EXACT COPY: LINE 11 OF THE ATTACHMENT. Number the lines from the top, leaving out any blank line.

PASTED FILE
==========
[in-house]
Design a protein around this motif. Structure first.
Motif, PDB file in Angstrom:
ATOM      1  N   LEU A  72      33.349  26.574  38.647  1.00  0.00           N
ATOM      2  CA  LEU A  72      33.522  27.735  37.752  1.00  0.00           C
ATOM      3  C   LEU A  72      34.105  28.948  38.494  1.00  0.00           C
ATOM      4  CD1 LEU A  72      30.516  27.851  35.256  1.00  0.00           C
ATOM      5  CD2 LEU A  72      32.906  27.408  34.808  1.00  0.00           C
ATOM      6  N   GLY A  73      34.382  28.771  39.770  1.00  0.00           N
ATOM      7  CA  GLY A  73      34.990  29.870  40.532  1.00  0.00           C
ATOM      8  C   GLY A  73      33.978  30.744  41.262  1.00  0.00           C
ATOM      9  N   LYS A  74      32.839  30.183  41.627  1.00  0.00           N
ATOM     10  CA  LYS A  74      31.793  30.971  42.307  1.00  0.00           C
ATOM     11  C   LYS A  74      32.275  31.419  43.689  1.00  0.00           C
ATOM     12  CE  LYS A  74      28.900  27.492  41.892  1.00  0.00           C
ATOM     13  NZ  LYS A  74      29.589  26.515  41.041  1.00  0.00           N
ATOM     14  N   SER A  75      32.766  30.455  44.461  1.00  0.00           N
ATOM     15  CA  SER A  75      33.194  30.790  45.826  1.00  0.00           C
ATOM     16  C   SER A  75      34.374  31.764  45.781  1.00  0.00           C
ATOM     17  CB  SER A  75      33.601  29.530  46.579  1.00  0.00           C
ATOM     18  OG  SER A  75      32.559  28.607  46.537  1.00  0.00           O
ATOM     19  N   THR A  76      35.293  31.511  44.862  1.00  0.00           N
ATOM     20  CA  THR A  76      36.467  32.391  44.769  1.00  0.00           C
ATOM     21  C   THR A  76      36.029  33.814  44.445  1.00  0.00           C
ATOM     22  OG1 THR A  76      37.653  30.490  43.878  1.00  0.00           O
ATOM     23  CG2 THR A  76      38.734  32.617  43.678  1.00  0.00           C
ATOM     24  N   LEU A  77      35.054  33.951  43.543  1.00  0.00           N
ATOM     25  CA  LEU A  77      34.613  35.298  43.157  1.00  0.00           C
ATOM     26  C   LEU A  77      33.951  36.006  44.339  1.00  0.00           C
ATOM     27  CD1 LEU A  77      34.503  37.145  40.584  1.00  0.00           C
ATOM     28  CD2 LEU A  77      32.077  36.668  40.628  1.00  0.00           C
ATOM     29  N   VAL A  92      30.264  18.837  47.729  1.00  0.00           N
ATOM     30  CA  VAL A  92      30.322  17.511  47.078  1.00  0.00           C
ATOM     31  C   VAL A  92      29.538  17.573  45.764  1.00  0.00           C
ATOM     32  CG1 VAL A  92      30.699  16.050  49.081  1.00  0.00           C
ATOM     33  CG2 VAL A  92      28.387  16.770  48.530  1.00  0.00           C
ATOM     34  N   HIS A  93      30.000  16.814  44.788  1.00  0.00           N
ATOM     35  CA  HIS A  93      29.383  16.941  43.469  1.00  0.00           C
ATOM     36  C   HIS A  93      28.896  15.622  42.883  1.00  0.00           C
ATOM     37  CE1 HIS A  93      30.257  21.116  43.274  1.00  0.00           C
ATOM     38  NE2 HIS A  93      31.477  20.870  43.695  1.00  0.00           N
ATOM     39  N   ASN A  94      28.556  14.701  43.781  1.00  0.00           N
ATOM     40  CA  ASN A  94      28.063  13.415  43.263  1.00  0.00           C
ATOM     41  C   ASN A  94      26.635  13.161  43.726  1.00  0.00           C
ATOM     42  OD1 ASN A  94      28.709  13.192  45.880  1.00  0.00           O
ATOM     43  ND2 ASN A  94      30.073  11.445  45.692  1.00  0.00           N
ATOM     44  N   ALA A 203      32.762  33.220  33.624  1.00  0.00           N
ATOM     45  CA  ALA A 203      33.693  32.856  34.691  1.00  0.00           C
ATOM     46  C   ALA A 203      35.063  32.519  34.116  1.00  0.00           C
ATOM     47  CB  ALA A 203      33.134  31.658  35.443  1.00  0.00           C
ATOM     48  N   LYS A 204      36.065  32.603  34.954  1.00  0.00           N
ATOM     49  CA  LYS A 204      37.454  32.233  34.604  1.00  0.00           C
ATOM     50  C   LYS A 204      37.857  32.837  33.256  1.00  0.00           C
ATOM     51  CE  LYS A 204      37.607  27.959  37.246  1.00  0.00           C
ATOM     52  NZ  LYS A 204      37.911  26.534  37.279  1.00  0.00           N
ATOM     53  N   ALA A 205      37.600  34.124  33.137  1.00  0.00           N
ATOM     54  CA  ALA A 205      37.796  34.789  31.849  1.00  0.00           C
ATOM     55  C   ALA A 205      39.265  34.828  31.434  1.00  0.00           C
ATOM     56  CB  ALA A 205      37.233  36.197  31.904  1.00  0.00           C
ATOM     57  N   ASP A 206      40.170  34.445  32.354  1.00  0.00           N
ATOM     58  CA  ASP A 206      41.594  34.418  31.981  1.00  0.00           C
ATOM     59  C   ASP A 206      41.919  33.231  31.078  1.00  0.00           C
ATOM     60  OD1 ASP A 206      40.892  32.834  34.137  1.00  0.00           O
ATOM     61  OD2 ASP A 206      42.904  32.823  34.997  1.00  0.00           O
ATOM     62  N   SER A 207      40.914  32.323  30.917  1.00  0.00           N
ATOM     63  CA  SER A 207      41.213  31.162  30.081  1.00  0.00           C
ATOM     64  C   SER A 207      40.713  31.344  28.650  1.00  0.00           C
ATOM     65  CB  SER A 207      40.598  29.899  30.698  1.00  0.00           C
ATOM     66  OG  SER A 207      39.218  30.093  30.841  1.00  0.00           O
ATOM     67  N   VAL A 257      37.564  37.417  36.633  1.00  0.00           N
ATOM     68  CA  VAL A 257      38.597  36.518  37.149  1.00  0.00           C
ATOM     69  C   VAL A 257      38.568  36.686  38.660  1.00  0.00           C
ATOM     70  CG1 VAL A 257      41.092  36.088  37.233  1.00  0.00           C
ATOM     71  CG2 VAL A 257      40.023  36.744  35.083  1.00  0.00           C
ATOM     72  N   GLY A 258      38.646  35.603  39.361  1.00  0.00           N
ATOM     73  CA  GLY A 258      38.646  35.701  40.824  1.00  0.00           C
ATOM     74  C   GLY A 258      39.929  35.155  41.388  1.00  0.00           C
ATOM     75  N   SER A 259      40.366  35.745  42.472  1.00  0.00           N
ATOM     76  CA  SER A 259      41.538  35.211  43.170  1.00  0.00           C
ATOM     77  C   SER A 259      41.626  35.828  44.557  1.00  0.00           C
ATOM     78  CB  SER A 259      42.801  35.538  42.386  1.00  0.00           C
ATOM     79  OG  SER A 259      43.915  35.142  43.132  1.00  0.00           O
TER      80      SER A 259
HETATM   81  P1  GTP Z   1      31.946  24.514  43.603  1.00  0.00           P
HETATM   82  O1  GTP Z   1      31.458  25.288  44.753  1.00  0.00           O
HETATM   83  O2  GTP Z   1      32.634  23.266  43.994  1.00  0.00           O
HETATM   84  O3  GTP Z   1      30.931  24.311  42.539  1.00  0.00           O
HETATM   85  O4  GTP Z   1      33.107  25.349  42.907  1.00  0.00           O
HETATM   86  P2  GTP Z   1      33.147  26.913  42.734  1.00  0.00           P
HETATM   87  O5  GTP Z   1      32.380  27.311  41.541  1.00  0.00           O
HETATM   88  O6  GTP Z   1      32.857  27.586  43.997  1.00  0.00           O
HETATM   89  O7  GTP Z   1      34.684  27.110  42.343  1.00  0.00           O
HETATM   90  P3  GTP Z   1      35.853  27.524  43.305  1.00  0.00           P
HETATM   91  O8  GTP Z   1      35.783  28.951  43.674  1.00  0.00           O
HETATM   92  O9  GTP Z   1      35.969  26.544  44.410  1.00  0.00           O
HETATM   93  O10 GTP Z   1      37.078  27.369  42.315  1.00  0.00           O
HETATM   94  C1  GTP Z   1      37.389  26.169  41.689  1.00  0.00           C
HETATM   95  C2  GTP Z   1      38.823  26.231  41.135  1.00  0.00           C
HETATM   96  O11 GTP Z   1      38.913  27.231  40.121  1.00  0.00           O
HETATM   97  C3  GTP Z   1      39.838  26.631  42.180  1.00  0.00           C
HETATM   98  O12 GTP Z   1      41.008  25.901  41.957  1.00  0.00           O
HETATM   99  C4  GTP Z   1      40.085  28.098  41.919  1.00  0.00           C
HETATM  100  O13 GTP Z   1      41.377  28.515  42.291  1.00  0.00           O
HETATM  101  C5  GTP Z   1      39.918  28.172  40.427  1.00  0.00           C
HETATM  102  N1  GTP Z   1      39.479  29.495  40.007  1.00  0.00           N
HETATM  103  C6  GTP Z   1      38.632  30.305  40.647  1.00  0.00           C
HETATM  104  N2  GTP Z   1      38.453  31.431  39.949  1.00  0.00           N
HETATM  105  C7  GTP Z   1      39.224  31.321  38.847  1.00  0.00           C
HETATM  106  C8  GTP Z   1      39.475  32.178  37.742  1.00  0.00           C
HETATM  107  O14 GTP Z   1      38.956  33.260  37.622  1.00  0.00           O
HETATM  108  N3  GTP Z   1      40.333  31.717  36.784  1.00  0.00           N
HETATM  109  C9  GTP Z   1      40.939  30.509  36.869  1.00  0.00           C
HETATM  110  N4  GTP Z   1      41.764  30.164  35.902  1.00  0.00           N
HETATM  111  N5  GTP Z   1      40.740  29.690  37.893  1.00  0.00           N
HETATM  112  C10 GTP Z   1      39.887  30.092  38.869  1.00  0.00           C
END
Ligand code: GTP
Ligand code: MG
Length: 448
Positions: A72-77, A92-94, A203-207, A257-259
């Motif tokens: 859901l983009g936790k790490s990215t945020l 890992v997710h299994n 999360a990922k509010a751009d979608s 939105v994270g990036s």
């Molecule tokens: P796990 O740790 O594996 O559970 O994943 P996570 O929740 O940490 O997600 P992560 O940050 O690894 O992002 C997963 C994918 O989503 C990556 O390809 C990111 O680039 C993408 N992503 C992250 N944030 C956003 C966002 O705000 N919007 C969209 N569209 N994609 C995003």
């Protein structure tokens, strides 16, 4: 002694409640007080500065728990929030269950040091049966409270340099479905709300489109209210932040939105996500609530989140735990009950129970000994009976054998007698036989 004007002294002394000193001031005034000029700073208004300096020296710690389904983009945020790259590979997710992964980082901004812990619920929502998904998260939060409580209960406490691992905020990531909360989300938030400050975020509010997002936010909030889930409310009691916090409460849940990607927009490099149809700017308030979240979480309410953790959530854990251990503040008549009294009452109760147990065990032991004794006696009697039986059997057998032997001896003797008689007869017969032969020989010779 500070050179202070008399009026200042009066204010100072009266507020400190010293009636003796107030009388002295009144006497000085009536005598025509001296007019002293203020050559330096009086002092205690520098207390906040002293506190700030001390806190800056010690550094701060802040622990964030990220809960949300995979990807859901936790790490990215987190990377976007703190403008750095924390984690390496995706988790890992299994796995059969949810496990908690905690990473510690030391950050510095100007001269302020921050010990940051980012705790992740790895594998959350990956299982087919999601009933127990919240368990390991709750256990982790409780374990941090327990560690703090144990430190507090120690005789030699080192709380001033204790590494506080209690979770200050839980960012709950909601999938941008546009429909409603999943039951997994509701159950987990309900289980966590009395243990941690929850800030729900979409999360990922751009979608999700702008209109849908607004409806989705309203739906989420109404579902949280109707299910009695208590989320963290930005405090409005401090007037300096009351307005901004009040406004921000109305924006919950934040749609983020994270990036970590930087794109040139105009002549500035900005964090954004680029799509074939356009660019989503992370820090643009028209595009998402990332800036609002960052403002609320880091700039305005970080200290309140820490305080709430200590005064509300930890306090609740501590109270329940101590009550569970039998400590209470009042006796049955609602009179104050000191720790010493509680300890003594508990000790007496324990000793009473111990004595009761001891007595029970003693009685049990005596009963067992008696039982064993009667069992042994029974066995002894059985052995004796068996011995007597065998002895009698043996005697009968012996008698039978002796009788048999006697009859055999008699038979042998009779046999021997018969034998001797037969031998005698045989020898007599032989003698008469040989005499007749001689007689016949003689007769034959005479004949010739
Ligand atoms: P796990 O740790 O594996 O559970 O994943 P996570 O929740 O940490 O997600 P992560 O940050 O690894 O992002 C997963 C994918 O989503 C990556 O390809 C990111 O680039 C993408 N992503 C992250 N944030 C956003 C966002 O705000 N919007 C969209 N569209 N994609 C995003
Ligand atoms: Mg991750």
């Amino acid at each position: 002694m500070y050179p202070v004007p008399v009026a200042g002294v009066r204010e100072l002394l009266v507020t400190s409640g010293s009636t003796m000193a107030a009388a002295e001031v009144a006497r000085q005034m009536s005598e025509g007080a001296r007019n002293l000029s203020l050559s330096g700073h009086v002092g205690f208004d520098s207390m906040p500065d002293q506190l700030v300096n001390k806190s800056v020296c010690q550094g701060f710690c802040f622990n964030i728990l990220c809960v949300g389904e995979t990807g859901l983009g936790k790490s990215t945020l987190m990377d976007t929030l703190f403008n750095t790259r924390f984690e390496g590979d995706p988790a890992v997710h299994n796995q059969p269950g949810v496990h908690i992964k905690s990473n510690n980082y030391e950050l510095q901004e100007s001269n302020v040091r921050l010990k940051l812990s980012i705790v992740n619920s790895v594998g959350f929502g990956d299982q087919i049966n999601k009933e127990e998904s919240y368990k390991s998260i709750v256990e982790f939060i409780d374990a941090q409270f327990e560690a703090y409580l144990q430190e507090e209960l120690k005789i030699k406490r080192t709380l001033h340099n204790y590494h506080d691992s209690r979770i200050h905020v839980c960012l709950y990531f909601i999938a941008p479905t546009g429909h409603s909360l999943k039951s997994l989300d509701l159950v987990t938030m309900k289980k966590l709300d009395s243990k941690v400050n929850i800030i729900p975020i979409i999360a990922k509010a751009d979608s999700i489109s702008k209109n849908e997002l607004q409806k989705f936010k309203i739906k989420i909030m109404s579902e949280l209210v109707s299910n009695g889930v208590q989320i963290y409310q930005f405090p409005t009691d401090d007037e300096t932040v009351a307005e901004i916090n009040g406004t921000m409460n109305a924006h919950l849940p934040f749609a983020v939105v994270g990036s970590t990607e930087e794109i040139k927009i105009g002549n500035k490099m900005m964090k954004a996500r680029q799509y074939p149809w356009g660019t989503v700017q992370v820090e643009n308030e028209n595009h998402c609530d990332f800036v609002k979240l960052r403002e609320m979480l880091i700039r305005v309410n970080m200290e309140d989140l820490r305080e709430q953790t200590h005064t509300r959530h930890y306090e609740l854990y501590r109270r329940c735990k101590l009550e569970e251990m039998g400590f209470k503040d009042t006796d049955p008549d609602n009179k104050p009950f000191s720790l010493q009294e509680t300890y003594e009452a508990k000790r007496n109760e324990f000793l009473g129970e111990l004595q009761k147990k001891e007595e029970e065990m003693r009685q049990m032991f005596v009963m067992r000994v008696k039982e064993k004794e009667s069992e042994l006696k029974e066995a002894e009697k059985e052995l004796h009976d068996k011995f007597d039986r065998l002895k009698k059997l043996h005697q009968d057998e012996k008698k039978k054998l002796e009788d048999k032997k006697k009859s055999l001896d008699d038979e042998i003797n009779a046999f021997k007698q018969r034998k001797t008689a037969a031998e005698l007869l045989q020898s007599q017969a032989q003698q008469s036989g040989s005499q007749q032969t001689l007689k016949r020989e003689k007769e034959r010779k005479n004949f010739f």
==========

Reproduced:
ATOM      8  C   GLY A  73      33.978  30.744  41.262  1.00  0.00           C